Throughout The Joy Luck Club Amy Tan inserts various conflicts betweens mothers and daughters. Most of these relationships, already very fragile, become distanced through heritage, history and expectations. These differences cause reoccurring clashes between two specific mother-daughter bonds. The first relationship exists between Waverly Jong and her mother, Lindo. Lindo tries to instill Chinese qualities in her daughter while Waverly refuses to recognize her heritage and concentrates on American culture.
(pg. 291). Lindo is hurt because her daughter Waverly, is talking to her like she is a child. Waverly does not do this on purpose, she just has a hard time understanding her mother and her background, like the other daughters in the book. "Living with their traditional culture in American society, Chinese-American women suffer the prob... ... middle of paper ... ...ying to save their daughters from the cultural barriers, and identity crisis’ that they had to face.
Jing Mei rebells; however by also continuing to speak in English while her mother speaks in Chinese. Later on in the novel, Waverly and her mother, Lindo, fight with each other over a silly haircut. Lindo is annoyed by... ... middle of paper ... ...it has many problems. Ying-ying helps her daughter by realizing her own flaws in her marriage and also seeing how unhappy her daughter is. Ying-ying helps her daughter by telling her about her own marriage and the struggles she went through.
She is confronted by many obstacles, which cause problems with not only her mother, but also with her attempt to discover her personal identity. Although the narrator’s assimilation to the American culture causes numerous conflicts with her mother, she is able to overcome adversity and come of age as a Chinese-American with the help of her mother’s stories. In Kingston’s first story, “No Name Woman,” the reader is first introduced to the stories of the narrator’s mother. This particular tale involves an aunt that the narrator never knew, who was shunned from her family for having an affair. It was through this story that the narrator learned how careful a young woman must be when growing up in the Chinese culture.
“With time and maturity, Tan says, she gained a sense of pride in her heritage and formed a connection with her mother” (“The Joy Luck Club” 235). Like their author, the daughters in The Joy Luck Club experience a transformation in attitude towards their mothers and China over the course of the story, but the essential theme is more universal than that. Through the relationships of Chinese-born mothers and their American-born daughters, Amy Tan’s The Joy Luck Club speaks to not only generational and cultural struggles within immigrant families but the struggle of all people to discover a unique identity. The plots in each of the sixteen short stories intertwine to resolve the conflicts between mothers and daughters so that they can live in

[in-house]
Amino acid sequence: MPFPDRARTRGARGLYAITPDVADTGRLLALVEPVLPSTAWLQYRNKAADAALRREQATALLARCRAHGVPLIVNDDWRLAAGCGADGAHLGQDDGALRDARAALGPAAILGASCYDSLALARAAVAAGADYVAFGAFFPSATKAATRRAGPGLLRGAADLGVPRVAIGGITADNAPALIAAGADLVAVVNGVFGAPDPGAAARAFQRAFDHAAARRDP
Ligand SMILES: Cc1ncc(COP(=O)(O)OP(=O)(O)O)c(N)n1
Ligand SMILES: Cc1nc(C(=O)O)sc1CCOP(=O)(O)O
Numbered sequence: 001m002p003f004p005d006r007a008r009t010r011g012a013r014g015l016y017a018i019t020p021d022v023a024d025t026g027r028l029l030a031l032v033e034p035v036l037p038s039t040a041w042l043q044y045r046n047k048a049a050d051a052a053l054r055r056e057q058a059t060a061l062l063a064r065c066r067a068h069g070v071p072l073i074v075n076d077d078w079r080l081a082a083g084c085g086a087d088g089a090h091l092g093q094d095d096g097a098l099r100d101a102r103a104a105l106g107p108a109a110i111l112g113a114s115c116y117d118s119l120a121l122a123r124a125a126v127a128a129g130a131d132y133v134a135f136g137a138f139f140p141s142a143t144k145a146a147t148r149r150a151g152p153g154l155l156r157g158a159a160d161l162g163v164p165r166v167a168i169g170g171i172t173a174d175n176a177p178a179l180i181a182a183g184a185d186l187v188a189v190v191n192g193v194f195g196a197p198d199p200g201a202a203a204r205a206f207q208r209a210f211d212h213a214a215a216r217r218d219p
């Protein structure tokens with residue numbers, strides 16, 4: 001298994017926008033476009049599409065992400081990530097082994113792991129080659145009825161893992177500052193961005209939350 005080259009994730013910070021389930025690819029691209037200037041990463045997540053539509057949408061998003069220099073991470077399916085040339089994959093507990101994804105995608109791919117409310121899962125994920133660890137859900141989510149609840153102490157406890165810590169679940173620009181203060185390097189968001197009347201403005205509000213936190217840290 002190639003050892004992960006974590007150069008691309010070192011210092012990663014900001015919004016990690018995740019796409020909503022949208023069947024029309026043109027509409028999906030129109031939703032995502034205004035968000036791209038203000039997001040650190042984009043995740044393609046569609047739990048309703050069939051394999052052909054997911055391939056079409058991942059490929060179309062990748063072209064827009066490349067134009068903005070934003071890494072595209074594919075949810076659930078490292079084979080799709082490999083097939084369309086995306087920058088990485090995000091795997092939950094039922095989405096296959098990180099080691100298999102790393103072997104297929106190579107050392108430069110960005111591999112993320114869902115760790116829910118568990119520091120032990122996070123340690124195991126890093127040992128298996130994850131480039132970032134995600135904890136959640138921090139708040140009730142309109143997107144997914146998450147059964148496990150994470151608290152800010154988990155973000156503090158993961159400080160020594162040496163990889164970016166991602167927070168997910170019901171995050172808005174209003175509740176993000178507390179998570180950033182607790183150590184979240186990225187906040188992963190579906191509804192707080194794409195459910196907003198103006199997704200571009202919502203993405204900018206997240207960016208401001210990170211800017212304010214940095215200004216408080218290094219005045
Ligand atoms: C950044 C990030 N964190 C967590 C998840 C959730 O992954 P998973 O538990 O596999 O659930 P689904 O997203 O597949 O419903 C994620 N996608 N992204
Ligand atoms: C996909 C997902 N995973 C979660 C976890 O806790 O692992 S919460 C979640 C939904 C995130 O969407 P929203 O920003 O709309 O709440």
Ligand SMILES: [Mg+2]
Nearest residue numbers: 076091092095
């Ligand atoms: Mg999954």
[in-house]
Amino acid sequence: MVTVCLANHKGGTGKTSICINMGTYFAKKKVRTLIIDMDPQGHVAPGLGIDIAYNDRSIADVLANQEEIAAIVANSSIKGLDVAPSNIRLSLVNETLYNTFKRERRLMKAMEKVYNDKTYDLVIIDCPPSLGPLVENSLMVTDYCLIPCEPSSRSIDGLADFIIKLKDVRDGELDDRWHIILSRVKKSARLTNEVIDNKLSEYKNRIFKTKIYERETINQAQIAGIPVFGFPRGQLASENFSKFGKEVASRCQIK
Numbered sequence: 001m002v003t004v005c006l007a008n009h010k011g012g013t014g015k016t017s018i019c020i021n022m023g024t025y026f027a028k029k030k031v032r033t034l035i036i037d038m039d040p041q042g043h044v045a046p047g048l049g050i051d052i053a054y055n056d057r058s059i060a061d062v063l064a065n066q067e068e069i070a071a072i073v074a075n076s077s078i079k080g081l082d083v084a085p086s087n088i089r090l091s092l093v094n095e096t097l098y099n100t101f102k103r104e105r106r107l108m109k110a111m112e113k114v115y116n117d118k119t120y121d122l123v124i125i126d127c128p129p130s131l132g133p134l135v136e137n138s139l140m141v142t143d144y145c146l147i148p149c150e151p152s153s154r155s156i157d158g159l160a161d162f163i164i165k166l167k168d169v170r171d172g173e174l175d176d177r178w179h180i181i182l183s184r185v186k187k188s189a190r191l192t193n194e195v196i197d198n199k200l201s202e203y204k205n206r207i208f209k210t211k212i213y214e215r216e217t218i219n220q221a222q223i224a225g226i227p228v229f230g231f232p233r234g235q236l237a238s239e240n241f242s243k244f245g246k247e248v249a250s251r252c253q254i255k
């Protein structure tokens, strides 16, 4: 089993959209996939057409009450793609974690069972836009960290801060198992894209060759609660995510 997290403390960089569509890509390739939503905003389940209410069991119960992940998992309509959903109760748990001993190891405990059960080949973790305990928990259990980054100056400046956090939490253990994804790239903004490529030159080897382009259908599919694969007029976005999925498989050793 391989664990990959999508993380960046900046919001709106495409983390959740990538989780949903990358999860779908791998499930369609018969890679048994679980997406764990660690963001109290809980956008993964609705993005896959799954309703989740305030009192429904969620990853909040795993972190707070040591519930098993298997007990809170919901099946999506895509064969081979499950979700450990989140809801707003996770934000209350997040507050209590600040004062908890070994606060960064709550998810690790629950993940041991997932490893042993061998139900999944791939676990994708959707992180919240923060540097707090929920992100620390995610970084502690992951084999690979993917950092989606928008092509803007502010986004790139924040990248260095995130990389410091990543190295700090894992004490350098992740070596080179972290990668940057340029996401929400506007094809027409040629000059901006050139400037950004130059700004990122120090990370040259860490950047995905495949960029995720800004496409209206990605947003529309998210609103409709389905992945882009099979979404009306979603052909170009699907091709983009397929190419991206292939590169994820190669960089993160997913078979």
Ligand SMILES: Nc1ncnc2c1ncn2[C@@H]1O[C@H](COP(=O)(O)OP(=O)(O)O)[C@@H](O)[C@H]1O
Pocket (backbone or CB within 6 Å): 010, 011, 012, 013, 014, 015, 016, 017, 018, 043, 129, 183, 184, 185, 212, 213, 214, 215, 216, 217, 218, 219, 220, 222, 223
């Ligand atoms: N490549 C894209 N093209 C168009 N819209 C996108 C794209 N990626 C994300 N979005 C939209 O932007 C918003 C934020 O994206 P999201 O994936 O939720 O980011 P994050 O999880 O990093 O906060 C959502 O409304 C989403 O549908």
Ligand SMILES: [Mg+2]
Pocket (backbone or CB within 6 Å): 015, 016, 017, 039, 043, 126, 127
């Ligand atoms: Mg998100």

In the story it talks about how Kingston used to bully a silent Chinese girl. Kingston told her mother how she feels and her mother told her to be quiet. Kingston gets frustrated from her mom and she tells her mother confessions. She end up thanking her mom for the talk-stories. This chapter shows readers how Chinese people are expected to be respectful and “quiet”, and because there was a girl in Kingston’s class who was quiet, she wanted to be the only quiet person so she bullied her.
They lose their sense of Chinese values, or Chinese tradition in which their mothers tried to drill into their minds. The four young women adopt the American culture and way of life, and they think differently than their traditional Chinese mothers do, upsetting the mothers greatly. The daughters do not even understand the culture of their mothers, and vice versa. They find that the American way of thinking is very different from that of the Chinese. Amy Tan is a Chinese-American author.
The Woman Warrior In her autobiography, The Woman Warrior, Maxine talks-story about how she grew up surrounded by the Chinese culture but went to American schools. How her mother told her stories of herself as a shaman and of Fa Mu Lan when Maxine brought home good grades. How she was put down by the Chinese sexism and rebelled from it. This is the story of Maxine’s search for a compromise between the American culture and the Chinese culture and how she eventually found a balance between the two cultures. When Maxine was growing up in Chinatown her mother, Brave Orchid, would tell her stories, stories about Chinese heroes, stories about being a shaman in China, stories of her nameless aunt.
After the mothers and daughters share the... ... middle of paper ... ...ricans think is Chinese, the one they cannot understand. But inside I am becoming ashamed” (255). Lindo struggled with showing her true identity. In the quote, she illustrated her need to use an “American face” to hide her true emotions. The American face is similar to a mask that Lindo metaphorically used to conceal herself.
All the mothers in The Joy Luck Club had so much hope for their daughters in America, but instead their lives ended up mirroring their mother’s life in China. All the relationships had many hardships because of miscommunication from their different cultures. As they grew older the children realized that their ... ... middle of paper ... ... and in her hurry to get away, she (falls) before she even reach(s) the corner,” (87). This foreshadows the relationship between the mothers and daughters in The Joy Luck Club. The daughters can not understand the reasoning behind their mothers’ decisions.